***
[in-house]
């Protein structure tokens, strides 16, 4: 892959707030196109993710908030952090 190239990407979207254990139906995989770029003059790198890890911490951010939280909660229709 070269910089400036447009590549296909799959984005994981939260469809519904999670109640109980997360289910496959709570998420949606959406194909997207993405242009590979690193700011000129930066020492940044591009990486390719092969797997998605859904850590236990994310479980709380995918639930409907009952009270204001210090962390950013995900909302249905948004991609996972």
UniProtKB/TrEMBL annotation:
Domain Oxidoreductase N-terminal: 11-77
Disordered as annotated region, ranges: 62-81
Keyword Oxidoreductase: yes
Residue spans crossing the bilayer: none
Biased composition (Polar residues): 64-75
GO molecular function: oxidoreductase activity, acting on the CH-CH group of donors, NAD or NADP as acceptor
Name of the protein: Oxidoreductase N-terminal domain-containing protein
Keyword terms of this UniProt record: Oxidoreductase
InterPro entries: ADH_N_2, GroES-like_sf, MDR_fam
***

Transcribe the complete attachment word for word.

[in-house]
């Protein structure tokens, strides 16, 4: 892959707030196109993710908030952090 190239990407979207254990139906995989770029003059790198890890911490951010939280909660229709 070269910089400036447009590549296909799959984005994981939260469809519904999670109640109980997360289910496959709570998420949606959406194909997207993405242009590979690193700011000129930066020492940044591009990486390719092969797997998605859904850590236990994310479980709380995918639930409907009952009270204001210090962390950013995900909302249905948004991609996972």
UniProtKB/TrEMBL annotation:
Domain Oxidoreductase N-terminal: 11-77
Disordered as annotated region, ranges: 62-81
Keyword Oxidoreductase: yes
Residue spans crossing the bilayer: none
Biased composition (Polar residues): 64-75
GO molecular function: oxidoreductase activity, acting on the CH-CH group of donors, NAD or NADP as acceptor
Name of the protein: Oxidoreductase N-terminal domain-containing protein
Keyword terms of this UniProt record: Oxidoreductase
InterPro entries: ADH_N_2, GroES-like_sf, MDR_fam